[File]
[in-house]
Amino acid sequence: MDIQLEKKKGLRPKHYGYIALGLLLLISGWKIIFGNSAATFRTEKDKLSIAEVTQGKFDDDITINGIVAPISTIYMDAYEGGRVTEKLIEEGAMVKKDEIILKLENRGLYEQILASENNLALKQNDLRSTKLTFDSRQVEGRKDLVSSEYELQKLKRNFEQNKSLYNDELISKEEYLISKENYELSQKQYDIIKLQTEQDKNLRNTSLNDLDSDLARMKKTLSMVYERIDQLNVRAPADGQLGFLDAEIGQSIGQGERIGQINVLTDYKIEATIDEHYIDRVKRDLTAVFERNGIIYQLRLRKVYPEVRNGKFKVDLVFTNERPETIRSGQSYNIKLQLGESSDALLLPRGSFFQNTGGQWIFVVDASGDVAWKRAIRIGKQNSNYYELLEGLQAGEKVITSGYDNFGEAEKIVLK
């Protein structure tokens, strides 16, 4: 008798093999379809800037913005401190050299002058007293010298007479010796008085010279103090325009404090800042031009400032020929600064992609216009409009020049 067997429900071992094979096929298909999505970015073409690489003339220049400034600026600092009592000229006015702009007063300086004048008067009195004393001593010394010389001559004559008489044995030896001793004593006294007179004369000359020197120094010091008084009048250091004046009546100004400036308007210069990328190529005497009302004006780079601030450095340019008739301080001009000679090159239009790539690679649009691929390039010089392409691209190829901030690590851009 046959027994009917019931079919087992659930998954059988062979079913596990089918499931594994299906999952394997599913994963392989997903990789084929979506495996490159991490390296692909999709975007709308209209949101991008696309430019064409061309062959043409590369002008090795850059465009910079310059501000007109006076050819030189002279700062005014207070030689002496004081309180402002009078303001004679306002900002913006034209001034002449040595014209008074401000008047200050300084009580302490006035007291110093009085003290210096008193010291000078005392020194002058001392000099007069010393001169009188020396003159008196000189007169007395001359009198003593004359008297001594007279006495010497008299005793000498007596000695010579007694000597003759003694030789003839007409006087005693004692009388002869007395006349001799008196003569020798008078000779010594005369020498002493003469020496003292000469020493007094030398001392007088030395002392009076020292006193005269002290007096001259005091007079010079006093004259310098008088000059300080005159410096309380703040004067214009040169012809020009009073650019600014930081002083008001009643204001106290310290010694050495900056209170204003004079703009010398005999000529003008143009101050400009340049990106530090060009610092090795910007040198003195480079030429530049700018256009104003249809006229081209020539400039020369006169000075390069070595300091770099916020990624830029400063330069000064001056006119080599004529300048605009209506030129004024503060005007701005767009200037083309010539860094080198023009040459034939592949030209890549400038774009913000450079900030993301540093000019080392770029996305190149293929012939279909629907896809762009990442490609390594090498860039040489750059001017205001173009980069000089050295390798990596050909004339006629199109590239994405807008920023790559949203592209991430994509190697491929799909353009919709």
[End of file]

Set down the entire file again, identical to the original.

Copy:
[in-house]
Amino acid sequence: MDIQLEKKKGLRPKHYGYIALGLLLLISGWKIIFGNSAATFRTEKDKLSIAEVTQGKFDDDITINGIVAPISTIYMDAYEGGRVTEKLIEEGAMVKKDEIILKLENRGLYEQILASENNLALKQNDLRSTKLTFDSRQVEGRKDLVSSEYELQKLKRNFEQNKSLYNDELISKEEYLISKENYELSQKQYDIIKLQTEQDKNLRNTSLNDLDSDLARMKKTLSMVYERIDQLNVRAPADGQLGFLDAEIGQSIGQGERIGQINVLTDYKIEATIDEHYIDRVKRDLTAVFERNGIIYQLRLRKVYPEVRNGKFKVDLVFTNERPETIRSGQSYNIKLQLGESSDALLLPRGSFFQNTGGQWIFVVDASGDVAWKRAIRIGKQNSNYYELLEGLQAGEKVITSGYDNFGEAEKIVLK
């Protein structure tokens, strides 16, 4: 008798093999379809800037913005401190050299002058007293010298007479010796008085010279103090325009404090800042031009400032020929600064992609216009409009020049 067997429900071992094979096929298909999505970015073409690489003339220049400034600026600092009592000229006015702009007063300086004048008067009195004393001593010394010389001559004559008489044995030896001793004593006294007179004369000359020197120094010091008084009048250091004046009546100004400036308007210069990328190529005497009302004006780079601030450095340019008739301080001009000679090159239009790539690679649009691929390039010089392409691209190829901030690590851009 046959027994009917019931079919087992659930998954059988062979079913596990089918499931594994299906999952394997599913994963392989997903990789084929979506495996490159991490390296692909999709975007709308209209949101991008696309430019064409061309062959043409590369002008090795850059465009910079310059501000007109006076050819030189002279700062005014207070030689002496004081309180402002009078303001004679306002900002913006034209001034002449040595014209008074401000008047200050300084009580302490006035007291110093009085003290210096008193010291000078005392020194002058001392000099007069010393001169009188020396003159008196000189007169007395001359009198003593004359008297001594007279006495010497008299005793000498007596000695010579007694000597003759003694030789003839007409006087005693004692009388002869007395006349001799008196003569020798008078000779010594005369020498002493003469020496003292000469020493007094030398001392007088030395002392009076020292006193005269002290007096001259005091007079010079006093004259310098008088000059300080005159410096309380703040004067214009040169012809020009009073650019600014930081002083008001009643204001106290310290010694050495900056209170204003004079703009010398005999000529003008143009101050400009340049990106530090060009610092090795910007040198003195480079030429530049700018256009104003249809006229081209020539400039020369006169000075390069070595300091770099916020990624830029400063330069000064001056006119080599004529300048605009209506030129004024503060005007701005767009200037083309010539860094080198023009040459034939592949030209890549400038774009913000450079900030993301540093000019080392770029996305190149293929012939279909629907896809762009990442490609390594090498860039040489750059001017205001173009980069000089050295390798990596050909004339006629199109590239994405807008920023790559949203592209991430994509190697491929799909353009919709």